Dictionary: DIC'TION – DIE

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DIC'TION, n. [L. dictio, from dico, to speak. Class Dg.]

Expression of ideas by words; style; manner of expression. – Dryden.

DIC'TION-A-RY, n. [Fr. dictionnaire; It. dizionario; Sp. diccionario; from L. dictio, a word, or a speaking.]

A book containing the words of a language arranged in alphabetical order, with explanations of their meanings; a lexicon. – Johnson.

DIC'TUM, n. [L.]

A saying or assertion.

DID, v. [pret. of Do, contracted from doed. I did, thou didst, he did; we did, you or ye did, they did.]

Have ye not read what David did when be was hungry? – Matth. xii. The proper signification is, made, executed, performed; but it is used also to express the state of health. And Mordecai walked every day before the court of the women's house, to know how Esther did. – Esth. ii. Did is used as the sign of the past tense of verbs, particularly in interrogative and negative sentences; as, did he command you to go. He did not command me. It is also used to express emphasis; as, I did love him beyond measure.

DI-DAC'TIC, or DI-DAC'TIC-AL, a. [Gr. διδακτικος, from διδασκω, to teach.]

Adapted to teach; preceptive; containing doctrines, precepts, principles or rules; intended to instruct; as, a didactic poem or essay.


In a didactic manner; in a form to teach.


An animal having two toes.

DI-DAC'TYL-OUS, a. [Gr. δι, δις, and δακτυλος.]

Having two toes.

DI'DAP-PER, n. [from dip.]

A bird that dives into the water, a species of Colymbus.

DI-DAS'CAL-IC, a. [Gr. διδασκαλικος, from διδασκω, to teach.]

Didactic; perceptive; giving precepts. [Little used.] – Prior.

DID'DER, v.i. [Teut. diddern; qu. titter, totter.]

To shiver with cold. [Not used.] – Sherwood.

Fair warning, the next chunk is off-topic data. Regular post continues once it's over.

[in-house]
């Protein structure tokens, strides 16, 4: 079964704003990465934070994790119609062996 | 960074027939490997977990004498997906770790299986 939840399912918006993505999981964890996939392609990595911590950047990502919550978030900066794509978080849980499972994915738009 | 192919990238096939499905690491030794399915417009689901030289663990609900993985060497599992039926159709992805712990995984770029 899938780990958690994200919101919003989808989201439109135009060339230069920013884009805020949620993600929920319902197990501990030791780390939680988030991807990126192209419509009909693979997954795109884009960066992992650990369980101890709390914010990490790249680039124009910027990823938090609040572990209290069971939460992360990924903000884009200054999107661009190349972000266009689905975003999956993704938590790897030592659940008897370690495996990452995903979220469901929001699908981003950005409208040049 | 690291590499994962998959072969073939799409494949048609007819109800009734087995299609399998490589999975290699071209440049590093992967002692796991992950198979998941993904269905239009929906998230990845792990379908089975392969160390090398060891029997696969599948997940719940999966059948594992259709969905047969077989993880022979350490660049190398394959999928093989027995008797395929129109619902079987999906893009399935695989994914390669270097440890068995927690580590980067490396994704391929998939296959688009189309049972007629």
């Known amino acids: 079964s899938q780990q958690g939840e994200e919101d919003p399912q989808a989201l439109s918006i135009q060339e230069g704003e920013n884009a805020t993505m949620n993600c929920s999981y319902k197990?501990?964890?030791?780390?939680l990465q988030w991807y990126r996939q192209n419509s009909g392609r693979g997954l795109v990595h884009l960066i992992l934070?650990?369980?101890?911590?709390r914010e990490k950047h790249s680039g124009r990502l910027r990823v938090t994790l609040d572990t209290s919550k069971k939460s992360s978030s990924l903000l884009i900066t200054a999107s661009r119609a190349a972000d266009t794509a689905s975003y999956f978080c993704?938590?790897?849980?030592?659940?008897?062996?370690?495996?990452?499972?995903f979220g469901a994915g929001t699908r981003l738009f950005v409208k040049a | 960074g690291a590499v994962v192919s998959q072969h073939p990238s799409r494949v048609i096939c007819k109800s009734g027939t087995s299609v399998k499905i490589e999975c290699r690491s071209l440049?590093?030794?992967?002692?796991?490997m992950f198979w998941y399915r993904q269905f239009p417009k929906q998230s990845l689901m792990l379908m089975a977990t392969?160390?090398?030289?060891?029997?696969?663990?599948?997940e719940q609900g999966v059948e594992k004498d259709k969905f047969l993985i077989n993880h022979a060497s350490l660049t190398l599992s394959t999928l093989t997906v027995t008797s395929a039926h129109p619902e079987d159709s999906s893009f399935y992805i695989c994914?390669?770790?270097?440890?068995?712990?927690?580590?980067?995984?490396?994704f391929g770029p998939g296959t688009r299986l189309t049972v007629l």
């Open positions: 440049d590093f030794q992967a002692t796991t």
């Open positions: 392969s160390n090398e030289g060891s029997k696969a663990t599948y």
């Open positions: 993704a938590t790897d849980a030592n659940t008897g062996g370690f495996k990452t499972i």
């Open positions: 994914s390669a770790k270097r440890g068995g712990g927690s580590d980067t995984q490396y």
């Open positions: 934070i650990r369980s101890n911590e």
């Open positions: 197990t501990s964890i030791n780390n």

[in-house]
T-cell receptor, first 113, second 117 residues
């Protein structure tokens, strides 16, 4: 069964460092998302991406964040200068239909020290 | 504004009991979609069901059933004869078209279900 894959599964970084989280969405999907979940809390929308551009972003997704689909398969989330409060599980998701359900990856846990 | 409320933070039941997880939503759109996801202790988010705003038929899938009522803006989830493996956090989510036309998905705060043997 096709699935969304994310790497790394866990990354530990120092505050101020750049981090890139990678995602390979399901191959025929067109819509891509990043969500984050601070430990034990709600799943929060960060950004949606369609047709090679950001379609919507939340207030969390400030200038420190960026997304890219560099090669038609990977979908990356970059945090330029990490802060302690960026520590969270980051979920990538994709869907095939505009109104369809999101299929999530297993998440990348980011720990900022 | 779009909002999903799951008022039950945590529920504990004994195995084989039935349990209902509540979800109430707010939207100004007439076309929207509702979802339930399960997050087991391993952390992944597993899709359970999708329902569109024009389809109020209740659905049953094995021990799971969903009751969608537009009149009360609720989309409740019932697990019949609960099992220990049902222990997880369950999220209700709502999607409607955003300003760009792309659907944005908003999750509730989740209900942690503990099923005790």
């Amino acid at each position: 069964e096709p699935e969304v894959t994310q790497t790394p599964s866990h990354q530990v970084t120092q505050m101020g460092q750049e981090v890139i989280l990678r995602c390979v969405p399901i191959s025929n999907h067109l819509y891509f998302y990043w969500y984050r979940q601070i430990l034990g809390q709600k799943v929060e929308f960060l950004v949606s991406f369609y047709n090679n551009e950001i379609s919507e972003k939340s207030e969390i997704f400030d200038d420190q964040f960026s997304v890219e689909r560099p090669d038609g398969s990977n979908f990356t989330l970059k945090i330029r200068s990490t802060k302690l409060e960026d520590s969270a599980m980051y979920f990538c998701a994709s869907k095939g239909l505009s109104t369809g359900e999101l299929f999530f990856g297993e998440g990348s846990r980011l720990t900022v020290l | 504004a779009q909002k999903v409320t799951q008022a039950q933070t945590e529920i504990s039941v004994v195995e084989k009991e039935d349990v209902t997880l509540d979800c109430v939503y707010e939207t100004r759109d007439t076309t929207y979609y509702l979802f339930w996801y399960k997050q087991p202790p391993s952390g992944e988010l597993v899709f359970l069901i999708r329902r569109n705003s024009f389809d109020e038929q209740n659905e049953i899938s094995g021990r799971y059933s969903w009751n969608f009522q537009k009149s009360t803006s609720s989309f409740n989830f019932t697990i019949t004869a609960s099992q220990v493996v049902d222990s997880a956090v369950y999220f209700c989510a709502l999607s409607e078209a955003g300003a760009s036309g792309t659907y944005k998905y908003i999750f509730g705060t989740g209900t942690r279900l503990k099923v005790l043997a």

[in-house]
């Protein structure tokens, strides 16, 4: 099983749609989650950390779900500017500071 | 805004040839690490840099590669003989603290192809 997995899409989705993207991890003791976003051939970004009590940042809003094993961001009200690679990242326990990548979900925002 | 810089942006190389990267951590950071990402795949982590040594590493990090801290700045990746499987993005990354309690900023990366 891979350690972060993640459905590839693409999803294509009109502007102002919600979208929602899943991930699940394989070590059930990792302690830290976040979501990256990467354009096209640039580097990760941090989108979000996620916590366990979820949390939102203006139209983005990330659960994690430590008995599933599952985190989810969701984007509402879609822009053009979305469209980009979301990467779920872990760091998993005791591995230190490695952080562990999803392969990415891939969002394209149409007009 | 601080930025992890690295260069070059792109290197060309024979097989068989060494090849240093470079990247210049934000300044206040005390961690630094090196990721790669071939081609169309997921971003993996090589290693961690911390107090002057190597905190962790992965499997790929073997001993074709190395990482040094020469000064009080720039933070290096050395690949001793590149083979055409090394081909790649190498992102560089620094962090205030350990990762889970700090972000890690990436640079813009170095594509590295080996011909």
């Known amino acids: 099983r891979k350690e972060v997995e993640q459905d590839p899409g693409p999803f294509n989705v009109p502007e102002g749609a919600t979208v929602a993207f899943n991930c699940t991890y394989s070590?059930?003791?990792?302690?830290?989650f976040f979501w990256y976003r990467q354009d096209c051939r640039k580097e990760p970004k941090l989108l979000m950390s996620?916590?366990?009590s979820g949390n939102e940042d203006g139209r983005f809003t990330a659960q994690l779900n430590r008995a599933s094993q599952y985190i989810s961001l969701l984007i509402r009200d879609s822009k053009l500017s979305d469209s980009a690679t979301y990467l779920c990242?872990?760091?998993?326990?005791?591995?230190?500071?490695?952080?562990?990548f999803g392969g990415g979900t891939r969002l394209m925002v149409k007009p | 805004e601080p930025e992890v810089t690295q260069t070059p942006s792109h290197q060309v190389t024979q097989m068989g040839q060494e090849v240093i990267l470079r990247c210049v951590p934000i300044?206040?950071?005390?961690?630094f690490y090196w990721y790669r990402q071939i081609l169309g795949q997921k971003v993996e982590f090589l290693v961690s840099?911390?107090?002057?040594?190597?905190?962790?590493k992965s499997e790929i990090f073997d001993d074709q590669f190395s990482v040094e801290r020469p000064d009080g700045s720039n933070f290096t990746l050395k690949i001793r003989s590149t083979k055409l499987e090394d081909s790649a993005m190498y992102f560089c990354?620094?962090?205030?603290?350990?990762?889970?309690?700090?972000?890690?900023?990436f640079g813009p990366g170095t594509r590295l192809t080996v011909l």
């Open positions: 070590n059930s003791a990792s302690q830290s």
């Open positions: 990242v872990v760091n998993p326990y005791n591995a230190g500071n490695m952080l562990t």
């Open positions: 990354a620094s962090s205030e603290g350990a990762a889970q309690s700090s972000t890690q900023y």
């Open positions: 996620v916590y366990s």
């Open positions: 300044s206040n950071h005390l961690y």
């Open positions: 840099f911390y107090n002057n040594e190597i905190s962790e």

DID'DLE, v.i.

To totter, as a child in walking.

DI-DEC-A-HE'DRAL, a. [di and decahedral.]

In crystallography, having the form of a decahedral prism with pentahedral summits. – Cleaveland.


Relating to animals of the genus Didelphys, to which the opossum belongs.

DI-DEL'PHYS, n. [Gr. δις, twice; and δελφυς, uterus.]

A genus of marsupial animals, including the opossum.


A genus or sort of quadrupeds. – Chaucer.

DI-DO-DEC-A-HE'DRAL, a. [di and dodecahedral.]

In crystallography, having the form of a dodecahedral prism with hexahedral summits. – Cleaveland.

DI-DRACH'MA, n. [Gr.]

A piece of money, the fourth of an ounce of silver.


The second person of the preterite of do.

DI-DUC'TION, n. [L. diductio; di and duco, to draw.]

Separation by withdrawing one part from the other. – Boyle.

DID'Y-MOUS, a. [from the Greek.]

Twin. – Botany.

DID'Y-NAM, n. [Gr. δι, δις, and δυναμις, power.]

In botany, a plant of four stamens, disposed in two pairs, one being shorter than the other.


Containing four stamens, disposed in pairs, one shorter than the other.


Pertaining to plants of the class Didynamia. – Smith.

DIE, n.1 [plur. Dice. Fr. ; It. dado; Sp. and Port. id.; Arm. diçz; Ir. disle.]

  1. A small cube, marked on its faces with numbers from one to six, used in gaming, by being thrown from a box. He ventured his all on the cast of a die.
  2. Any cubic body; a flat tablet. – Watts.
  3. In architecture, the cubical part of the pedestal, between its base and cornice.
  4. Hazard; chance. Such is the die of war. – Spenser.